My client just friended me on Facebook, but I’m not sure I want to be “friends.” What do I do?
Dear Friend Zone,
Let us get the easiest answer out of the way first: Facebook lets you control what your friends see in your feed; you can always accept your client as a friend so as not to offend but then severely limit his or her access to anything you might consider too personal for them to see.
Now to the more challenging answer(s). Your client is not your friend. You may be friendly with him or her—and you may even become friends after your work is done. But during the course of the project, you are the expert and your role is to be the guide to the emotional return he or she seeks with a transformed space. As always, it is axiomatic that if your clients could see what you see or do what you do, they would not need you. Because they recognize that they cannot, they entrust you to create what they themselves never could—and to be this expert, you need boundaries.
You and your team always need to be able to explain to a client where they were, where they are and where they are going. You also need to firmly establish what happens if the client throws you off that course. The issue with being a friend is that boundaries blur in the “friend zone,” as do roles. Nothing could be worse for your business. Your process is yours and yours alone. No one, and I truly mean no one, ever gets to determine that process but you—but in the friend zone, your process is up for grabs.
Regardless of the dangers of the “friend zone,” there is another consideration you must take into account in today’s digital world: Talent, wisdom, and experience are no longer enough; you need empathy, sympathy and simpatico with your client in order to succeed. Beyond the pretty, beyond the functional, and beyond even the creative lies the essence of what you stand for as an artist and the very purpose of your work; your client must know that you live in the integrity of that purpose and that you are desperate and determined to share that purpose with him or her.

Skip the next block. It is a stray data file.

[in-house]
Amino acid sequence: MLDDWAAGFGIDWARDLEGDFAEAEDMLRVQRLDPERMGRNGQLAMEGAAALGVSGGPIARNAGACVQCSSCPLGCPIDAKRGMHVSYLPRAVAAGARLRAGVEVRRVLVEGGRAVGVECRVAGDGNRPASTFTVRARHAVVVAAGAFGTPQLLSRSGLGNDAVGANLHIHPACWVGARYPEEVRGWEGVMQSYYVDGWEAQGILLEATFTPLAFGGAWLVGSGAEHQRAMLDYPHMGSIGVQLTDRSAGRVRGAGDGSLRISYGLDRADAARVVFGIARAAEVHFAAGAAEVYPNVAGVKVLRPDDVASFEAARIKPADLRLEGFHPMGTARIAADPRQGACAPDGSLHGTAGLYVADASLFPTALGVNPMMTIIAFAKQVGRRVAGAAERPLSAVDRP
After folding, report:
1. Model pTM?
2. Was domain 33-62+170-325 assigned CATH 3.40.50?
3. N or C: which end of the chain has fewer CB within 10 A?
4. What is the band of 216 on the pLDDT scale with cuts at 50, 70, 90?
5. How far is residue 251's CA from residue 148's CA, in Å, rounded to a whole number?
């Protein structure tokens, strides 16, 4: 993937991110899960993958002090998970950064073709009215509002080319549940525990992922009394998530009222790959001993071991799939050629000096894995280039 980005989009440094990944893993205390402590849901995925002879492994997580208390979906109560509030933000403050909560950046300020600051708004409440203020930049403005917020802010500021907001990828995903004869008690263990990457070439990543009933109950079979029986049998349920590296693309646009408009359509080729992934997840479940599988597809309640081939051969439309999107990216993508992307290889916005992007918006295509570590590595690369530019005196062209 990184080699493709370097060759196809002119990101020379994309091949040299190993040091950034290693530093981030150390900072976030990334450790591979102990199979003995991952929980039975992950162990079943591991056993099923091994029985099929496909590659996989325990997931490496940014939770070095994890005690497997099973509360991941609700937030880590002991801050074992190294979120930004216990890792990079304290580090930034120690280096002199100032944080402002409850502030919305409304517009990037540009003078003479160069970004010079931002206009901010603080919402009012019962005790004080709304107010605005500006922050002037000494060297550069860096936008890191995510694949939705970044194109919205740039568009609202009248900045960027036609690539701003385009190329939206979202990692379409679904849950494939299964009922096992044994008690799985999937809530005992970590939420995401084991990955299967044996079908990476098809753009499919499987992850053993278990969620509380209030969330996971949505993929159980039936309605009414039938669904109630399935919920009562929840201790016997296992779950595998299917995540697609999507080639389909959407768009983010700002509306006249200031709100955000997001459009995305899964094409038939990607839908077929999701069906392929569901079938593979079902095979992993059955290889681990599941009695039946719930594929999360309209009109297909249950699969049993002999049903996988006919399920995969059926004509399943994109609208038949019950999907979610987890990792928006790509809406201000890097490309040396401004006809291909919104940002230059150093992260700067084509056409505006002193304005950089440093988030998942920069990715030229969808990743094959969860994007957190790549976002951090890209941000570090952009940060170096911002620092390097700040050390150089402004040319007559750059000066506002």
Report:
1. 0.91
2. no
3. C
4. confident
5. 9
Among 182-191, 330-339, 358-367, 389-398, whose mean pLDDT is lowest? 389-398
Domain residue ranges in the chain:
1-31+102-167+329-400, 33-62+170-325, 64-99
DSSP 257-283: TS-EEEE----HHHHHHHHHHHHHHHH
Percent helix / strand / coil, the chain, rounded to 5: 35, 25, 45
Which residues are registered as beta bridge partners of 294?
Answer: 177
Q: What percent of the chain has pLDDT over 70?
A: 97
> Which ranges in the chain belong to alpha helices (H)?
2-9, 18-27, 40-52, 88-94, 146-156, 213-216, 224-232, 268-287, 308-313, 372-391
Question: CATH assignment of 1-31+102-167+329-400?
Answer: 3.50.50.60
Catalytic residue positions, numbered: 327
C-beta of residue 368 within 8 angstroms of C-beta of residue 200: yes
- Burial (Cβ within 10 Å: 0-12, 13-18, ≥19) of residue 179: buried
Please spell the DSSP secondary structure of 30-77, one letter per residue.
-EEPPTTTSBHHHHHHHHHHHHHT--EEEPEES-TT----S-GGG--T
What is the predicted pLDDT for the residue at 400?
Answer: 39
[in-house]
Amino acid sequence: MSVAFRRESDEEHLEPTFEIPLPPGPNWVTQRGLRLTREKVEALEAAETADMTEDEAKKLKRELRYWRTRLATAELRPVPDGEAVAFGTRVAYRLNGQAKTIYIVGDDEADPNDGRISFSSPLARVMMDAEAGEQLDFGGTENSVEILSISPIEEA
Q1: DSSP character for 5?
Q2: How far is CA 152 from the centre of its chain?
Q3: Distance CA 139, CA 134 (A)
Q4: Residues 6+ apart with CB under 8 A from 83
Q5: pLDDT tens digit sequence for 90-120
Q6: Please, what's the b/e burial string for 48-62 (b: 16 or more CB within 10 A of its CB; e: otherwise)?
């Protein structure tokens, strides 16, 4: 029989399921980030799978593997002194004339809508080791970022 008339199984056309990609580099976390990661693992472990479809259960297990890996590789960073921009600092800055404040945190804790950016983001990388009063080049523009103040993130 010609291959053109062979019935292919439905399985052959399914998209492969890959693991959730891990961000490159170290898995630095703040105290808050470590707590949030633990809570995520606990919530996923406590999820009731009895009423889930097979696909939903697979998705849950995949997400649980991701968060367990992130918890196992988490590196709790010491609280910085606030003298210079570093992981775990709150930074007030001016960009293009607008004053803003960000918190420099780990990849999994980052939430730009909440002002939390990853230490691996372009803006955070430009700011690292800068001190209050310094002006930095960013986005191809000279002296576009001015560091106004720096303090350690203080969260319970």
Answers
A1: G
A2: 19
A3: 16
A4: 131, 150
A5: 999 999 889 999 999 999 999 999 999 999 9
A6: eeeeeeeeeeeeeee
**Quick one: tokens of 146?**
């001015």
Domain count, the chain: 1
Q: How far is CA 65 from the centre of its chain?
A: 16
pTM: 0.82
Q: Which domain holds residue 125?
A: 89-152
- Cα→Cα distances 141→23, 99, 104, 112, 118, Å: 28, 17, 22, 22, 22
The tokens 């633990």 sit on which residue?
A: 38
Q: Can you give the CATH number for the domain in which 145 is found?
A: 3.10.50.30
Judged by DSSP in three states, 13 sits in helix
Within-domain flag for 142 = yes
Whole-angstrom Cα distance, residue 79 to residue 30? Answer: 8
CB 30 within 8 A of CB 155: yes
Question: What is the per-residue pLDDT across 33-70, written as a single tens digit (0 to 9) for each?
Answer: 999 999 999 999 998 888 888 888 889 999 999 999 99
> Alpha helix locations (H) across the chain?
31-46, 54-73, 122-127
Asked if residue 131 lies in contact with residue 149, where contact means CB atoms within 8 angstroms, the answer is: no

This kind of soul-sharing takes you far beyond the average day-to-day interaction—on Facebook or face-to-face. In sharing your purpose, you will undoubtedly find yourself vulnerable and exposed—but it is also the place where you must live if you are going to really succeed today as a designer doing meaningful work. (It’s important to note that being uncomfortable and vulnerable are not the same thing. Being uncomfortable is having your client see you in a hot tub with your friends on Facebook. Being vulnerable is being true to the essence of why you do the work you do, constantly working in a space where rejection cuts to the bone.)
What your clients are really asking of you is that you share this part of your soul as an artist with them so that they can believe that you are capable of transforming their lives with your work. Your choice is whether or not to go there—though I would submit to you that all of your profit lives in your client’s faith in you. That faith will never come from your choice to be uncomfortable, but only from your decision to be radically authentic about what you stand for as an artist and business owner. I hope all designers today come to know the power that resides in radical authenticity and (re)shape their businesses accordingly. To me, anyway, this is far scarier than accepting a client as my friend on Facebook will ever be—but oh-so-worth it.
Sean Low is the the go-to business coach for interior designers. His clients have included Nate Berkus, Sawyer Berson, Vicente Wolf, Barry Dixon, Kevin Isbell and McGrath II. Low earned his law degree from the University of Pennsylvania, and as founder-president of The Business of Being Creative, he has long consulted for design businesses. In his Business Advice column for BOH, he answers designers’ most pressing questions. Have a dilemma? Send us an email—and don’t worry, we can keep your details anonymous.